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Posted at 7:15 AM ET, 03/11/2011

Wonkbook: Republicans against entitlement reform (at least right now)

By Ezra Klein

With John Boehner fighting the Democrats' offer to put entitlements and taxes on the table -- "that’s what the next budget process is for," he said -- it's worth stepping back to look at what this continuing resoution fight is about.

It's not about reducing the deficit. If it was, then the tax deal wouldn't have passed in December, entitlements would've been in the mix from the beginning, tax expenditures and defense spending would be on the table, etc. Nor is it about cutting spending. If it was, then the cuts wouldn't be limited to 12 percent of the budget. Rather, it's about cutting non-defense discretionary spending.

But most Americans don't know that. Boehner frequently says that "the American people want us to cut spending," but he never says that "the American people want us to cut non-defense discretionary spending." And that's because they don't: poll after poll has found Americans resistant to the sort of cuts you find in the non-defense discretionary bucket, which focus on education, worker retraining, nutrition programs, heating-oil subsidies, etc. They'd much prefer tax increases on the rich, or cuts to defense.

But Republicans wouldn't prefer tax increases on the rich, or cuts to defense spending. And they know that if entitlements get opened up, tax increases will immediately be on the table -- one of the easiest and most popular ways to cut Social Security's shortfall is to lift the cap on payroll taxes. But for Republicans at this moment in time, that's unthinkable. The beauty of focusing on non-defense discretionary spending is that it's spending they don't really like and that's totally disconnected from any sort of tax. And that gets to what this debate is really about: not cutting spending or reducing the deficit, but cutting spending Republicans don't like while avoiding any and all tax increases -- even if that means the country has higher deficits and the middle- and working-class bear more of the burden. The difficulty for Republicans is they've not wanted to clearly explain that philosophy to the American people, and so now they're in the odd position of arguing against Democratic efforts to do more for the deficit and do more to cut spending but not really being able to say why they oppose those efforts.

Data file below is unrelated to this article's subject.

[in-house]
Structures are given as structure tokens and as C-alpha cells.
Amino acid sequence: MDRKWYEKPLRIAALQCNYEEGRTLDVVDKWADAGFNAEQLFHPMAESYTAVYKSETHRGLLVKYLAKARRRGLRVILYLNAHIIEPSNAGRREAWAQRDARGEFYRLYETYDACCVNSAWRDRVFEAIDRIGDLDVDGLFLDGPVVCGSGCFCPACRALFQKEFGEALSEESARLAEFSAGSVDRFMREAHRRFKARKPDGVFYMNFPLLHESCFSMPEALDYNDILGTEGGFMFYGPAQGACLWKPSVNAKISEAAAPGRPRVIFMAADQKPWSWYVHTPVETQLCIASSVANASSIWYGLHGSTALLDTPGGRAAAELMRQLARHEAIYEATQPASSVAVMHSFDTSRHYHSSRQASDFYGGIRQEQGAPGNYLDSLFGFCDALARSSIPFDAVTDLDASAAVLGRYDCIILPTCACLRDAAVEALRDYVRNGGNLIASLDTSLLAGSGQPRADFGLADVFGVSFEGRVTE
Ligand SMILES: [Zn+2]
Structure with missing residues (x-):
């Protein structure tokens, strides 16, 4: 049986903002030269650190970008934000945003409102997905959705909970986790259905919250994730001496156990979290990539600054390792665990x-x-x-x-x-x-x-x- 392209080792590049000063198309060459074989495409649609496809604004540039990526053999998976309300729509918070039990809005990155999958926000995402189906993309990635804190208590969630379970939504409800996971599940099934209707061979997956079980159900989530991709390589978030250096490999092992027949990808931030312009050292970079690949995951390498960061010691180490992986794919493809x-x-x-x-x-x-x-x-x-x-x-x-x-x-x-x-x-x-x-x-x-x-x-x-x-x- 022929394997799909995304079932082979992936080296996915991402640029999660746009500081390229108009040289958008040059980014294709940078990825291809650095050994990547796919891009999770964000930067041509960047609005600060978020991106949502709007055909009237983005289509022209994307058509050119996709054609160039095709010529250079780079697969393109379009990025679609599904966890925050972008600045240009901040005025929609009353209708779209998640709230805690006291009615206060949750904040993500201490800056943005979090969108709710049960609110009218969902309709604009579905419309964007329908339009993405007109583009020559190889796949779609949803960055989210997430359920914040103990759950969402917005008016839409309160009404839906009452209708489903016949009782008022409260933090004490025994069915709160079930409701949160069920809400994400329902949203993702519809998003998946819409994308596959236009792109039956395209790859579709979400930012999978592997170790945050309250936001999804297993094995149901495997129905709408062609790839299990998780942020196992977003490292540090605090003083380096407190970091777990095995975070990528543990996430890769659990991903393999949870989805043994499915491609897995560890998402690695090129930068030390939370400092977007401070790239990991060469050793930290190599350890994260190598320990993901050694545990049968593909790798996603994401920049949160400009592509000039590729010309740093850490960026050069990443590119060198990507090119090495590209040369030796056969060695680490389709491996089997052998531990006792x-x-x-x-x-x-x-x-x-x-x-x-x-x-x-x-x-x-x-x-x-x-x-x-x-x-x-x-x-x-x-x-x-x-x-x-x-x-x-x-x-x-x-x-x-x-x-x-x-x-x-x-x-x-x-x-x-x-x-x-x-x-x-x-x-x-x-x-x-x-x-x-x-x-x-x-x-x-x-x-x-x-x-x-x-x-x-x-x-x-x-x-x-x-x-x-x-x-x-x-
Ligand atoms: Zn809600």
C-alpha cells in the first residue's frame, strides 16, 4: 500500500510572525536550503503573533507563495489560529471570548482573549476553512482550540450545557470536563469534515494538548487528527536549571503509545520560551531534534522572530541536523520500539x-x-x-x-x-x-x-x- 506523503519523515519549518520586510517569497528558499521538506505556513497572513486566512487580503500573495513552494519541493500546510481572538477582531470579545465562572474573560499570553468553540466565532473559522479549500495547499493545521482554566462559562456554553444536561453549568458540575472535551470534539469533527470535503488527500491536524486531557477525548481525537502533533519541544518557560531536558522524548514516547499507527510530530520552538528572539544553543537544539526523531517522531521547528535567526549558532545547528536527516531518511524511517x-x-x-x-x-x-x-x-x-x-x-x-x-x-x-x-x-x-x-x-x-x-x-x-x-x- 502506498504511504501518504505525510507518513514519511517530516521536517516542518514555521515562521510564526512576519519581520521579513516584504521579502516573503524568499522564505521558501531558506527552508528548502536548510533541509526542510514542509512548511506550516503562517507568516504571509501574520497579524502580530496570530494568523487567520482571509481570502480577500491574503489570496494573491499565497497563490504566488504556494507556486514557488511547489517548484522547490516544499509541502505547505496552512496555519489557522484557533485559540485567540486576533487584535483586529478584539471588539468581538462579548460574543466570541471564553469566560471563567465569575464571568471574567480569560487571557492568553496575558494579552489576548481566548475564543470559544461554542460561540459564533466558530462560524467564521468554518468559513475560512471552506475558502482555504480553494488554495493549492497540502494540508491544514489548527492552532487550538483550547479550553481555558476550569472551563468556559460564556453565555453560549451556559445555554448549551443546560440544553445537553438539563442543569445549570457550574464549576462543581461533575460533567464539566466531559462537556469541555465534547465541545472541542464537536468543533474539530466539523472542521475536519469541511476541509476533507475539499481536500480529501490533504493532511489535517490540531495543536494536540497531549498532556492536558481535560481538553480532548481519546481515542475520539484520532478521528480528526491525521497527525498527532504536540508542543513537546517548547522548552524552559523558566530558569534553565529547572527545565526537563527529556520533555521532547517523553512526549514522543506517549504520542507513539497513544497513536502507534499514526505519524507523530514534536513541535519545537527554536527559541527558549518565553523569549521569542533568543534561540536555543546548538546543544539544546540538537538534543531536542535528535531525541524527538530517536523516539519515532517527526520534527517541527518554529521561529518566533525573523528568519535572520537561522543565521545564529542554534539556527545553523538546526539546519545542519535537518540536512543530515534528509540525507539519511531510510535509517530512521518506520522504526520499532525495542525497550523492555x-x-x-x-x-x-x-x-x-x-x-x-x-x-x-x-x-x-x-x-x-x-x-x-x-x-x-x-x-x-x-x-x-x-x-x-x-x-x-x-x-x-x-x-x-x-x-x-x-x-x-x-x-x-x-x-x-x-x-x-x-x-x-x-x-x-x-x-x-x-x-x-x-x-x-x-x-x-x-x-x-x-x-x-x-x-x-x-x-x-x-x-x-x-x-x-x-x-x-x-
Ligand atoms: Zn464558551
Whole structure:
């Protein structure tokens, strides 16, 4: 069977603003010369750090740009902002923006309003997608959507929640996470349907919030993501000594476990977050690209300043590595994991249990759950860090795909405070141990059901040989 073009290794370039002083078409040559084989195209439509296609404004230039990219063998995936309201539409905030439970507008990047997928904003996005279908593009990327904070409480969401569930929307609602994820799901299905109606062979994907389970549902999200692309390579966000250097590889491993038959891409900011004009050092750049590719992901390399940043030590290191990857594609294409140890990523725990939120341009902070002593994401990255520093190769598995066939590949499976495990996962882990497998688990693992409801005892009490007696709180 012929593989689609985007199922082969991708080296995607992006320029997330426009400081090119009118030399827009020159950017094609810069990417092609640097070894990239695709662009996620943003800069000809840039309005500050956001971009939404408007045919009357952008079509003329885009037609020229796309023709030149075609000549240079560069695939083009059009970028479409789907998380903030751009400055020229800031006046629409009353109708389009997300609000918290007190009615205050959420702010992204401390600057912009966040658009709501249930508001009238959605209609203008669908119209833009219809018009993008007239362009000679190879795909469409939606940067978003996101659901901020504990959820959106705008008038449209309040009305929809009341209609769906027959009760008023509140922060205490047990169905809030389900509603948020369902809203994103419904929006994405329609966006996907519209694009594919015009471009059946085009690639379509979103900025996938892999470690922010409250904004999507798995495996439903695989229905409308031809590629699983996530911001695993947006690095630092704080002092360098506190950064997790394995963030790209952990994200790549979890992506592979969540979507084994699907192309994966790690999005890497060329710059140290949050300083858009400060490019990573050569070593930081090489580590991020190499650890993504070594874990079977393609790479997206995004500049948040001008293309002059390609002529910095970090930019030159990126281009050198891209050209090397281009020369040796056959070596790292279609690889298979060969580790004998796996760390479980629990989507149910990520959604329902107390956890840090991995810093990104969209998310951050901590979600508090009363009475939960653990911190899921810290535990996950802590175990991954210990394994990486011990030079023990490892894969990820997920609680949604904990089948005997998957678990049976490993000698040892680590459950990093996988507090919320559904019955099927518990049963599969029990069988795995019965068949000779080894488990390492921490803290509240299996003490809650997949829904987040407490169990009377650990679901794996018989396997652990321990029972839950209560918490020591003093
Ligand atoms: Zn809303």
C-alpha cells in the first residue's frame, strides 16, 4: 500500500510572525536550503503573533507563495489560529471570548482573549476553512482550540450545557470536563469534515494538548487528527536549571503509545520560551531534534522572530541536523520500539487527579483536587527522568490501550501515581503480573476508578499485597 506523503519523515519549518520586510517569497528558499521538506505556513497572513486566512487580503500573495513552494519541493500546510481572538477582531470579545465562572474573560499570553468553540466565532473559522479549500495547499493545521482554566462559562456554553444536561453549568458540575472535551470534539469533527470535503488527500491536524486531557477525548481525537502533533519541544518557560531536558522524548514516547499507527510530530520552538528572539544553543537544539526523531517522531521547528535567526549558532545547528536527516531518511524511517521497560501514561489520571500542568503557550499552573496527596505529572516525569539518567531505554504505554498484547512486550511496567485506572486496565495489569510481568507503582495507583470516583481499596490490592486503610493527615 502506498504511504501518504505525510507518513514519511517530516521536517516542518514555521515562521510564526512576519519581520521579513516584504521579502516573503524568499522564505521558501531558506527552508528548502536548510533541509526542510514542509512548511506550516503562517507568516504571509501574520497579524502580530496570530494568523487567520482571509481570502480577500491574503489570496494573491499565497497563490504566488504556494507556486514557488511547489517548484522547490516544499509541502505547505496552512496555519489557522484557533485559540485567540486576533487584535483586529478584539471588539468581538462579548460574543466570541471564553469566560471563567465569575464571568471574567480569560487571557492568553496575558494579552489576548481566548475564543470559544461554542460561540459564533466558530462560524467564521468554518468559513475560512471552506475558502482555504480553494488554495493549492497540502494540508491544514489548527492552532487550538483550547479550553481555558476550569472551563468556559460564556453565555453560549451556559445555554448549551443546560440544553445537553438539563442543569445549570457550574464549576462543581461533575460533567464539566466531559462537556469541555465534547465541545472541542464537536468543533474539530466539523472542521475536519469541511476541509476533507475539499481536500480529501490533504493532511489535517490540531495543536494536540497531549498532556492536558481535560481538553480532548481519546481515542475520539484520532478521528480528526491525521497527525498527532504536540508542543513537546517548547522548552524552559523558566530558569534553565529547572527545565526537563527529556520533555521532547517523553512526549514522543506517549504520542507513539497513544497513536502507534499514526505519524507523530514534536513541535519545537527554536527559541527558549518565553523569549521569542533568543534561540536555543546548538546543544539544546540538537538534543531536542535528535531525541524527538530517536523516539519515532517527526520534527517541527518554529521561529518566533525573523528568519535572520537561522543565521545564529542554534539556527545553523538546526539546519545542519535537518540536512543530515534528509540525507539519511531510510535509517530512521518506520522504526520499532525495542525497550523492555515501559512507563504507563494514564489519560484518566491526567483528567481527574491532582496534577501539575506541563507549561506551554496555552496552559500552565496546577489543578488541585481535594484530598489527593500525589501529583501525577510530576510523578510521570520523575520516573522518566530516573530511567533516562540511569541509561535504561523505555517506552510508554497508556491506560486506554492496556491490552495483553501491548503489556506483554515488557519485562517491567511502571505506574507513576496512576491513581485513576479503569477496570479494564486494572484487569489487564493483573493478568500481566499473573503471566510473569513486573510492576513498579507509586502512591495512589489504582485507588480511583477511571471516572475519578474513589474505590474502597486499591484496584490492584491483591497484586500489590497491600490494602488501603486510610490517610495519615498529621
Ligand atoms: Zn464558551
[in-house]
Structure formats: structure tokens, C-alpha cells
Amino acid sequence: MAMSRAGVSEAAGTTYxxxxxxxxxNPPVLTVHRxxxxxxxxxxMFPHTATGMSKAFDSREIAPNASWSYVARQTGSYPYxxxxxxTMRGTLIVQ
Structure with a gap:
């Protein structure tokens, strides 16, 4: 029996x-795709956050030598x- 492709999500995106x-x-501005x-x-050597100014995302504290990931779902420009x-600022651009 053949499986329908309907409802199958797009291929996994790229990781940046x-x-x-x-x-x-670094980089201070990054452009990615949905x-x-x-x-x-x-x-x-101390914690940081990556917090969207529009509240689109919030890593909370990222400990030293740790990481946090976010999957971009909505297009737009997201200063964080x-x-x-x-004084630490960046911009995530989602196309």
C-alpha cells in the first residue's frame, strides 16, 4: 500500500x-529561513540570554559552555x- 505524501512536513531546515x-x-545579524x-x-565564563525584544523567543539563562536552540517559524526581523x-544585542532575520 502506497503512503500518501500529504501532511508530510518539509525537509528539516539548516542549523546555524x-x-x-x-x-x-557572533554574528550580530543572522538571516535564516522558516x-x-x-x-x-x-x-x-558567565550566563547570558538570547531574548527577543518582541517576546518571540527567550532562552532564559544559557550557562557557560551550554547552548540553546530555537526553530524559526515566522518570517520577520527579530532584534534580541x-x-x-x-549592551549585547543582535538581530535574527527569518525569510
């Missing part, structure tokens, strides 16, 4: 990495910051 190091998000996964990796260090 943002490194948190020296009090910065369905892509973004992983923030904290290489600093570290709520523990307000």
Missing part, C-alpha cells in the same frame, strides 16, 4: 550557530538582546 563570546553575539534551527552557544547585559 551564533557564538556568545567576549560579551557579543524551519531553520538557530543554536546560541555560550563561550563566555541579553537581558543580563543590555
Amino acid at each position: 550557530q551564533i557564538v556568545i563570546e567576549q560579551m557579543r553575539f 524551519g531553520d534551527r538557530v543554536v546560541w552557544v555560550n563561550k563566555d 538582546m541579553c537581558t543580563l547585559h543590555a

Top Stories

Congress will likely pass another three-week funding extension, reports Carl Hulse: "With little hope of a budget deal being reached before the end of next week, House Republicans are preparing another short-term spending measure to give the House and Senate a chance to come to agreement over a broader plan to keep the government operating through Sept. 30. Lawmakers and top aides on Thursday said stopgap legislation to be considered next week would most likely cover three weeks and include an additional $6 billion in cuts, possibly drawn from spending reductions offered by Democrats and the White House in earlier budget talks. The current two-week law expires next Friday and carries $4 billion in cuts. Movement toward another short-term solution came after the Senate on Wednesday rejected competing Republican and Democratic budget measures."

House Speaker John Boehner doesn't want to debate entitlements just yet, reports Simmi Aujla: "House Speaker John Boehner accused Democrats on Thursday of trying to 'muddle' the budget debate with their calls for reforms to entitlement programs. Boehner told reporters that Democrats who want to include a debate about Social Security, Medicare and Medicaid and tax increases are getting way ahead of themselves. 'The American people want us to cut spending. Because they know that cutting spending will in fact create a better environment for job creation,' he said. 'To try to muddle the current issue with entitlement programs, tax increases -- that’s what the next budget process is for. We’ll have plenty of opportunity to talk about that,' he said."